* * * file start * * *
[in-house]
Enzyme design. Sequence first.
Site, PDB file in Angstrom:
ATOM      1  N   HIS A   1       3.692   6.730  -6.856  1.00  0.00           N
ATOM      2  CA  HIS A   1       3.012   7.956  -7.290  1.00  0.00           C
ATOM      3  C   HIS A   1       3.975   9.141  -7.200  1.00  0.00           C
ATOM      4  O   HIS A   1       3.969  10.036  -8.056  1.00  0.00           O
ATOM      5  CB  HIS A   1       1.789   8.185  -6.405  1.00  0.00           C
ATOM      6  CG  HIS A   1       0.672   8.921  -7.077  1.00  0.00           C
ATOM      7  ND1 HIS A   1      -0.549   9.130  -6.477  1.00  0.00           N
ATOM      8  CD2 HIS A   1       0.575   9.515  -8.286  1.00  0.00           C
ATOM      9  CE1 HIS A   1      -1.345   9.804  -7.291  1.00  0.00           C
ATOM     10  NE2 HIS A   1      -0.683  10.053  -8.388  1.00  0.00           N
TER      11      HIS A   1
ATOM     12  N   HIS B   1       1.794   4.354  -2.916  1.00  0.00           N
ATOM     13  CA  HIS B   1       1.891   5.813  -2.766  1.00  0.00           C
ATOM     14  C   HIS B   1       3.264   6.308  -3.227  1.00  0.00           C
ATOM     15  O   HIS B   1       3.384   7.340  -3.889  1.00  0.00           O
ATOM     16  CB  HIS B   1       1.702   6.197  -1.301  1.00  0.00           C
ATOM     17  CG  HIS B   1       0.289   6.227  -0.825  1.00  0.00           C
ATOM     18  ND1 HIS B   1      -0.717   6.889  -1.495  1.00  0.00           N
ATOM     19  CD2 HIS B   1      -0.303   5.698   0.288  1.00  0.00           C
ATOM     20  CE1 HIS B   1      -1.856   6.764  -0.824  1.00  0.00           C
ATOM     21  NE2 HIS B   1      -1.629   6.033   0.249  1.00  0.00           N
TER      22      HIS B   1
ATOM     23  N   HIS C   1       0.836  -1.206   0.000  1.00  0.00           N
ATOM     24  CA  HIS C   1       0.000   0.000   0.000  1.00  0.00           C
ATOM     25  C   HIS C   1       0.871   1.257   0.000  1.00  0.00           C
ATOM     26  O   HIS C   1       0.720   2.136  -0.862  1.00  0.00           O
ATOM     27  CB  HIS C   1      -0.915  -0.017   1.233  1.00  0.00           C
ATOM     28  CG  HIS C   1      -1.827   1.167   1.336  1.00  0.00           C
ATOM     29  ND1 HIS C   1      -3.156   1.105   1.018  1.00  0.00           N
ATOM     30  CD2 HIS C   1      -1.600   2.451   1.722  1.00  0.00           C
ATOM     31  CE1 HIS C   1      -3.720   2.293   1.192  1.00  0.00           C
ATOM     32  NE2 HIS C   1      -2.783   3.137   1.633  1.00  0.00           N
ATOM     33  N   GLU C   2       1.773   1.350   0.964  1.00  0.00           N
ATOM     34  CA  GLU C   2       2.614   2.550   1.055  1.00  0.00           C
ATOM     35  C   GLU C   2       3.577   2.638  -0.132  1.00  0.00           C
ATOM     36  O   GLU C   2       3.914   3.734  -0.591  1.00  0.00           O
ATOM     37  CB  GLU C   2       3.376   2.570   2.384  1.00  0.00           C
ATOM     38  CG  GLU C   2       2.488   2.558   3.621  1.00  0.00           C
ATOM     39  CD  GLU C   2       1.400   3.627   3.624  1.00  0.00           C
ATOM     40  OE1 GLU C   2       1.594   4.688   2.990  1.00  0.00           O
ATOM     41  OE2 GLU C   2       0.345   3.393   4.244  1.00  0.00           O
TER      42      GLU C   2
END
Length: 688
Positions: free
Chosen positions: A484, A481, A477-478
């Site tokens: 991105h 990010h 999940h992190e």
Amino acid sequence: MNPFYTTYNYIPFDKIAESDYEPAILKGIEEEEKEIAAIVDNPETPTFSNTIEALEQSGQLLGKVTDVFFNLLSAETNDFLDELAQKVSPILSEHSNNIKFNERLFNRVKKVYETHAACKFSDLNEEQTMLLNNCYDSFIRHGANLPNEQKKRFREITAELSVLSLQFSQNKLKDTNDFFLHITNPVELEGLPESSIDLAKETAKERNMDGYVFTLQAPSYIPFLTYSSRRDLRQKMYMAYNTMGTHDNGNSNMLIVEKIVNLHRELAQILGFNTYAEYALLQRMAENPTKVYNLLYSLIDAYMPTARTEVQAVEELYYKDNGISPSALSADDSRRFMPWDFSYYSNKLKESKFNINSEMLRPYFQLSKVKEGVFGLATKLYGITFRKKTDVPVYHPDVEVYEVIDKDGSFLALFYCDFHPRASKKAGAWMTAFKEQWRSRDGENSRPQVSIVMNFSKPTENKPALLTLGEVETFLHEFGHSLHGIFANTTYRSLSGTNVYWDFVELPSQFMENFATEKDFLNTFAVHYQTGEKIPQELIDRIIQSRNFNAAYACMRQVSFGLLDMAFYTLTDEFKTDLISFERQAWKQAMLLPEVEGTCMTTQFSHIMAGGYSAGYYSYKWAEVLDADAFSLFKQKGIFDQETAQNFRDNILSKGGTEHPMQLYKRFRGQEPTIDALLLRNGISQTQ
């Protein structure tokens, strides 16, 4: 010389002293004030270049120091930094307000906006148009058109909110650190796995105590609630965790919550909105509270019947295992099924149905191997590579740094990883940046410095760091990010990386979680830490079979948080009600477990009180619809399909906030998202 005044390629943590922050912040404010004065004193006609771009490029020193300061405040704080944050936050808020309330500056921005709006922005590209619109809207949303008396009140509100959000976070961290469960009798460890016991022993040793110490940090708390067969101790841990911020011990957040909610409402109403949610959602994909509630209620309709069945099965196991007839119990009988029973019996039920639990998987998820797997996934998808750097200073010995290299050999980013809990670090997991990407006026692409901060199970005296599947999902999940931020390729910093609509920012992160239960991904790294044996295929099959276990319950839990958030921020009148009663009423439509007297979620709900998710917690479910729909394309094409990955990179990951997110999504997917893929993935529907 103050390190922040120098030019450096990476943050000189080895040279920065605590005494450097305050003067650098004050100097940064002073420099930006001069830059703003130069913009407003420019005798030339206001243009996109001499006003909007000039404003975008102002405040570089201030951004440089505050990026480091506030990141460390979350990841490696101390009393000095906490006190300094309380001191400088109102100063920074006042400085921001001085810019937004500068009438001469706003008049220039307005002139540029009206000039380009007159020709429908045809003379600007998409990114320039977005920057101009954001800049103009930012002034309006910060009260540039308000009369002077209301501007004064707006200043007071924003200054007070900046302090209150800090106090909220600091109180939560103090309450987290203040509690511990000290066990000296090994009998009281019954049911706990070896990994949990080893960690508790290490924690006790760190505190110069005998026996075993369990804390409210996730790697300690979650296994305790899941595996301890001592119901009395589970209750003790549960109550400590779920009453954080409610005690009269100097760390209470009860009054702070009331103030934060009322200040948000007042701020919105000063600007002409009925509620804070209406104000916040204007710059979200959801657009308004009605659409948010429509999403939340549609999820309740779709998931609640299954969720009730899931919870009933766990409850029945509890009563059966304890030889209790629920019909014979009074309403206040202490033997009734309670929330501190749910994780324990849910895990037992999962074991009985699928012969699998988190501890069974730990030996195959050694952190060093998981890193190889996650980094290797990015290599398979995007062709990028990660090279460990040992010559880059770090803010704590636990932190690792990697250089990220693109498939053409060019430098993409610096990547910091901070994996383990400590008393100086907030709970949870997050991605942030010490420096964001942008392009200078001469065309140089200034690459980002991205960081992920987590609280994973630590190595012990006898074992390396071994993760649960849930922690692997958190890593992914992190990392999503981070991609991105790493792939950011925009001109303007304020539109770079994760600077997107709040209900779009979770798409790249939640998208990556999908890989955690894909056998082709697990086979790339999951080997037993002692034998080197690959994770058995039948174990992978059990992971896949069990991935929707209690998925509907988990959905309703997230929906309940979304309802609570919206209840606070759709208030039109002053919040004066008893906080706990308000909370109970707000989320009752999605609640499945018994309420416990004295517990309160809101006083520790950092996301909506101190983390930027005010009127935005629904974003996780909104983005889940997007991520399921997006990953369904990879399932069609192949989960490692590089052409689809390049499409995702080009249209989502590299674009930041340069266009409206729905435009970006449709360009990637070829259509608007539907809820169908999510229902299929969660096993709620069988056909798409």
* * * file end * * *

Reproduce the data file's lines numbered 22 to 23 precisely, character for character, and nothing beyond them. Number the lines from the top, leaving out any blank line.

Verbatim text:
ATOM     19  CD2 HIS B   1      -0.303   5.698   0.288  1.00  0.00           C
ATOM     20  CE1 HIS B   1      -1.856   6.764  -0.824  1.00  0.00           C